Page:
The Department of Agriculture plans to invest $500 million in the nation's meat processing capacity, but specifics on how the money will need to be determined by an upcoming public input process. 

Speaking at a press conference in Council Bluffs, Iowa, Ag Secretary Tom Vilsack said USDA would be investing $500 million in American Rescue Plan funding to build new meat and poultry processing capacity. The department also plans to distribute $150 million to help get existing small and very small processing facilities through the COVID-19 pandemic, creating new rules for “Product of USA" labels and making new markets accessible to producers.

“We have got to expand the amount of capacity, the processing capacity in this country,” Vilsack said. “We can no longer rely on a handful of processing companies to do the job, to make the market competitive, to do right by farmers, to ensure as well that we have resilient food supplies.”

According to Vilsack, USDA will use the $500 million in funding to provide grants, loans and technical assistance to building processing facilities that will create a more competitive market for meat processing within the United States. He stressed that this $500 million is just the start and said he believes that the amount of available money can be expanded through private investments, philanthropic interest, state economic development resources and local government commitments.

“We’re not just talking about $500 million,” he said. “We’re talking about the power of $500 million to stimulate interest and then to act as a catalyst to draw those additional resources.”

He added that the initial funding is already available, but he hopes the program can be an example for Congress to provide a “more permanent structure” for later on. The USDA said in a release that it will be soliciting public input into how best to spend the money, including studying "the needs, gaps, and barriers to fair and competitive meat processing markets" through a Request for Information

Of the $150 million being put toward strengthening existing small and very small processing facilities, $55 million has been made available in Meat and Poultry Inspection Readiness Grants and $100 million will go toward “reducing the financial burdens of overtime inspection fees” for these plants. 

Rep. Cindy Axne, D-Iowa, who also spoke at the press conference said the effort will add stability to markets

“We've gotten shut out in far too many markets because of lack of transparency and an inability to be able to market our products in a way that gives us some equal footing so that our farmers can do better here in Iowa,” she said.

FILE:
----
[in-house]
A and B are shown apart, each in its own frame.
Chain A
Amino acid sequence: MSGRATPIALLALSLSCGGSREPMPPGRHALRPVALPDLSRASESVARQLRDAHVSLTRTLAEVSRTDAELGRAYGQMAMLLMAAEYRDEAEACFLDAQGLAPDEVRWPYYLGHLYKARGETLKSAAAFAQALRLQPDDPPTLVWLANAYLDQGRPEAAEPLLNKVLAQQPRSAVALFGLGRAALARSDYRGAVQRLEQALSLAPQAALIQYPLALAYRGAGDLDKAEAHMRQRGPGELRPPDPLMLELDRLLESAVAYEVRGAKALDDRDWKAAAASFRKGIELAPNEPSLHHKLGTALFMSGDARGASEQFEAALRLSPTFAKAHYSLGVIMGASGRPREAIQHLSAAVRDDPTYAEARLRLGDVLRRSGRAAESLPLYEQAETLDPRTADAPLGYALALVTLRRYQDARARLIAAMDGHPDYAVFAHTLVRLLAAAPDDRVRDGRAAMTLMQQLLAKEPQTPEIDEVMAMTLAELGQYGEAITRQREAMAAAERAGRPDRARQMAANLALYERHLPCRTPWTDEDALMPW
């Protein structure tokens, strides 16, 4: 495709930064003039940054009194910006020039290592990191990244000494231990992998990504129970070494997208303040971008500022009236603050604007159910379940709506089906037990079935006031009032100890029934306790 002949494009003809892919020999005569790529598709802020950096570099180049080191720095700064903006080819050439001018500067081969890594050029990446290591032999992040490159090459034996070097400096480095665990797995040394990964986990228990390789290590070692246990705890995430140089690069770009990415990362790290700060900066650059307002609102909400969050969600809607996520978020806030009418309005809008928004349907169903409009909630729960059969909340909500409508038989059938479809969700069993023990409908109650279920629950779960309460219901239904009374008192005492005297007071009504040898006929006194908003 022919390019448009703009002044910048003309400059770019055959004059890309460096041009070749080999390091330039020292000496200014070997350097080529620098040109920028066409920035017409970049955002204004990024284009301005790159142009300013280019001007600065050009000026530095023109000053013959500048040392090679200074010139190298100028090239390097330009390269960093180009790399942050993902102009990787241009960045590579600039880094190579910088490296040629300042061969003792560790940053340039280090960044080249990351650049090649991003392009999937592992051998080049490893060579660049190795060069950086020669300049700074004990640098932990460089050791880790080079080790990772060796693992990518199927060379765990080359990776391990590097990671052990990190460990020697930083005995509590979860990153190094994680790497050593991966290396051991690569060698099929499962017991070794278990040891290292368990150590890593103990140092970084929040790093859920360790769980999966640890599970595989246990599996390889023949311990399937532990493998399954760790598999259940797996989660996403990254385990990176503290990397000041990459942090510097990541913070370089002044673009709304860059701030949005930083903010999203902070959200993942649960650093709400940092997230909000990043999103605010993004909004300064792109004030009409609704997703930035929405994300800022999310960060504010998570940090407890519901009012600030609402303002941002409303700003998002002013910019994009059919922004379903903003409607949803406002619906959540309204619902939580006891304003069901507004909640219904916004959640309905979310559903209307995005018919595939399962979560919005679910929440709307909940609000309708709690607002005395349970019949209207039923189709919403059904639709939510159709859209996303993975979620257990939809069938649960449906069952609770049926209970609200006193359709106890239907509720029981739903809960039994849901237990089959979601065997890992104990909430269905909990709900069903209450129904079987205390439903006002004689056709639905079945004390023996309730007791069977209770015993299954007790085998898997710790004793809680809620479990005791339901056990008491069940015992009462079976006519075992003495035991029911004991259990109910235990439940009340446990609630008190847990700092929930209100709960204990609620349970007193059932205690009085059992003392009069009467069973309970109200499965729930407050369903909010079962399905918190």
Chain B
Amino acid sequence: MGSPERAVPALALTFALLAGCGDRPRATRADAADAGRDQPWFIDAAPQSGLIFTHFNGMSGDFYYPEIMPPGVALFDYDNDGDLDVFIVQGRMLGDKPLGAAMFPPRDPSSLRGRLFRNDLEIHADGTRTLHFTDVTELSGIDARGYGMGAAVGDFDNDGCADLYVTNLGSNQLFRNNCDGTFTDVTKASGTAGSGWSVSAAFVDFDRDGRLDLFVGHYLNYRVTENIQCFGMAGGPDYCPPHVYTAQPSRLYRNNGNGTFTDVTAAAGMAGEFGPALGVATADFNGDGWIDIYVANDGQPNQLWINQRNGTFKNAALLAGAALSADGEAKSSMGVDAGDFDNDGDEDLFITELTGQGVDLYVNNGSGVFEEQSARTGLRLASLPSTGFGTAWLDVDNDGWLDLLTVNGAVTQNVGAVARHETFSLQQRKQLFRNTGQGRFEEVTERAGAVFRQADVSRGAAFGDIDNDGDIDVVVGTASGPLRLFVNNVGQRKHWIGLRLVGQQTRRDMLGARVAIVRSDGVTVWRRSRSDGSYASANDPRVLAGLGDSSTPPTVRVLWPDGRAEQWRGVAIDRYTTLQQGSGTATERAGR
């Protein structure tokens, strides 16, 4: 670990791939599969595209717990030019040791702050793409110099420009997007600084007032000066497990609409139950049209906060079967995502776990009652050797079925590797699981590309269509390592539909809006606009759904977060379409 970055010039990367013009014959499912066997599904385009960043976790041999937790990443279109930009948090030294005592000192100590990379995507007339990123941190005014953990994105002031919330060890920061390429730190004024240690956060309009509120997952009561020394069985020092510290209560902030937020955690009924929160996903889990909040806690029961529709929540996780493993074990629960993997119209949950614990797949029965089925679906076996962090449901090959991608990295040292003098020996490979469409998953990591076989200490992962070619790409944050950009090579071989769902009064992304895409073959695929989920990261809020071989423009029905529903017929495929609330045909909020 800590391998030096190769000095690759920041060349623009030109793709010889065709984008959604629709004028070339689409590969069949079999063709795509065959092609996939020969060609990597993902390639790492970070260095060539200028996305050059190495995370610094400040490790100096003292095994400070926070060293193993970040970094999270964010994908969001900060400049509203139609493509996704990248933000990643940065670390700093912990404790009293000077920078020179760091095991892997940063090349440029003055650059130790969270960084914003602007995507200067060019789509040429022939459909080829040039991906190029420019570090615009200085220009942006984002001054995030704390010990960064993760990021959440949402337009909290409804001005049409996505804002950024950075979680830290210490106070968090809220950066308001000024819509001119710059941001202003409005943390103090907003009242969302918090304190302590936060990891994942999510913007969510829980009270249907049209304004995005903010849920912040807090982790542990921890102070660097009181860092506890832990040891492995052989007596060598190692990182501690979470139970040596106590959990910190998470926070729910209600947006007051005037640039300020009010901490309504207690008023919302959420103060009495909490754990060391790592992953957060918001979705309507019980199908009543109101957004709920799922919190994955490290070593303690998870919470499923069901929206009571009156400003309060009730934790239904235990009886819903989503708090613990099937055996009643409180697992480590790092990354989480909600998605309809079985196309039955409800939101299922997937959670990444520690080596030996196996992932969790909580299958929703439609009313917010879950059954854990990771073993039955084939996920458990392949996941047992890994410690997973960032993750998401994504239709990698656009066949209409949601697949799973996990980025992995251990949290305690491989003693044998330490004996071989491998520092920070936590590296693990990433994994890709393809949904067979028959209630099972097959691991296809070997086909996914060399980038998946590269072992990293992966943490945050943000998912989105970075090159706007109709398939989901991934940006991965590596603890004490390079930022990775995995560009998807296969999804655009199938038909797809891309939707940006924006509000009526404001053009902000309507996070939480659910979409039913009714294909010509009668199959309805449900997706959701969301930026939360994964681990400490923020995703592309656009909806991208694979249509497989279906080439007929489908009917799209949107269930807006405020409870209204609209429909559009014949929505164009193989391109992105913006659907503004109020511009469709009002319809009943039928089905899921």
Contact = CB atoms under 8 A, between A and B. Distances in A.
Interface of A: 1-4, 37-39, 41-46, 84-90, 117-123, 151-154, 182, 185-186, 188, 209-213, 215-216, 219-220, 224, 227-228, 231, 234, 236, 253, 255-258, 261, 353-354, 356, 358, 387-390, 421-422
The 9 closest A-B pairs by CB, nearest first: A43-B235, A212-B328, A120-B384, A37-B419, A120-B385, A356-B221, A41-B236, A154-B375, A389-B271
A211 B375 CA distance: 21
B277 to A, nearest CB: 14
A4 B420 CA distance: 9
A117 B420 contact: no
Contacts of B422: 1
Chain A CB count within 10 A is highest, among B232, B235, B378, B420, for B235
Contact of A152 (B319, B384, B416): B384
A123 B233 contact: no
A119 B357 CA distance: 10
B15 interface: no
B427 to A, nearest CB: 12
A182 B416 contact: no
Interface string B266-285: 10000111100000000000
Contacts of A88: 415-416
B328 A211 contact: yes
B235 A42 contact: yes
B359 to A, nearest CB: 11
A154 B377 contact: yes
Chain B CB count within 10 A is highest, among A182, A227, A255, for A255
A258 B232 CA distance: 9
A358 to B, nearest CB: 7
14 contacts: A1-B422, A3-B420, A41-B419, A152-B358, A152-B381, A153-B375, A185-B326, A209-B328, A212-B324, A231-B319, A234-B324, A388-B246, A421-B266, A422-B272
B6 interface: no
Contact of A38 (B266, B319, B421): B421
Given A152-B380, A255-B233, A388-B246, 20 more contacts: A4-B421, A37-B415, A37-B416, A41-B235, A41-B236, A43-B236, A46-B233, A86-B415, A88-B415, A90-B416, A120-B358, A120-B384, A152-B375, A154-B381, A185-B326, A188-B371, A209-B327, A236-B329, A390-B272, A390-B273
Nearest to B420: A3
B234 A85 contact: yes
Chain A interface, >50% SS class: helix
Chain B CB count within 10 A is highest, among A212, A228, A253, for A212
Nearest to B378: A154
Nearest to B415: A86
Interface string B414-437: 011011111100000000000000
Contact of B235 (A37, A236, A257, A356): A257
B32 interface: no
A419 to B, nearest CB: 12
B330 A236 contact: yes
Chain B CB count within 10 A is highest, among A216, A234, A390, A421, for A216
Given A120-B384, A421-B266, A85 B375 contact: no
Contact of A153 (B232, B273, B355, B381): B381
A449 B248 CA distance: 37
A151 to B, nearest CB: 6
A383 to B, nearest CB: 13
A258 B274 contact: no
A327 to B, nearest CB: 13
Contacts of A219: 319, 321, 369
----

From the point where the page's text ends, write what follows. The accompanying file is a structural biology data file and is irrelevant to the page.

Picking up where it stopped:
The announcement also drew support from Sens. Chuck Grassley, R-Iowa, and John Thune, R-S.D., though Thune expressed his disappointment with where the money was coming from.

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“While I wish the U.S. Department of Agriculture chose a different funding source, expanding meat processing capacity is exactly what the industry needs. I applaud the outcome, but more work needs to be done,” Thune said in a statement. “I will continue to look for ways to give smaller packers a stronger position in this market.”

The National Sustainable Agriculture Coalition, the National Cattleman’s Beef Association and R-Calf USA also voiced their support of the announcement. 

The funding comes as a broader Biden administration effort to address anticompetitive practices in the economy is also unfolding. On Friday, President Joe Biden signed an executive order calling for a host of actions from various government agencies, including USDA. Among the issues highlighted by the White House was the consolidation of ownership of the nation's meatpacking industry and the potential impact on producers.

Vilsack said the department plans to begin work on the issues outlined in the executive order as well as the funding roll out soon, and he would be "very disappointed if we couldn't come up with some early wins from this and some other things we're going to do in a relatively short period of time.

"Hopefully we have something specific to point to at the end of this year, early next year," he added. "Certainly, by this time next year, we should be seeing some real, real interest in this program."

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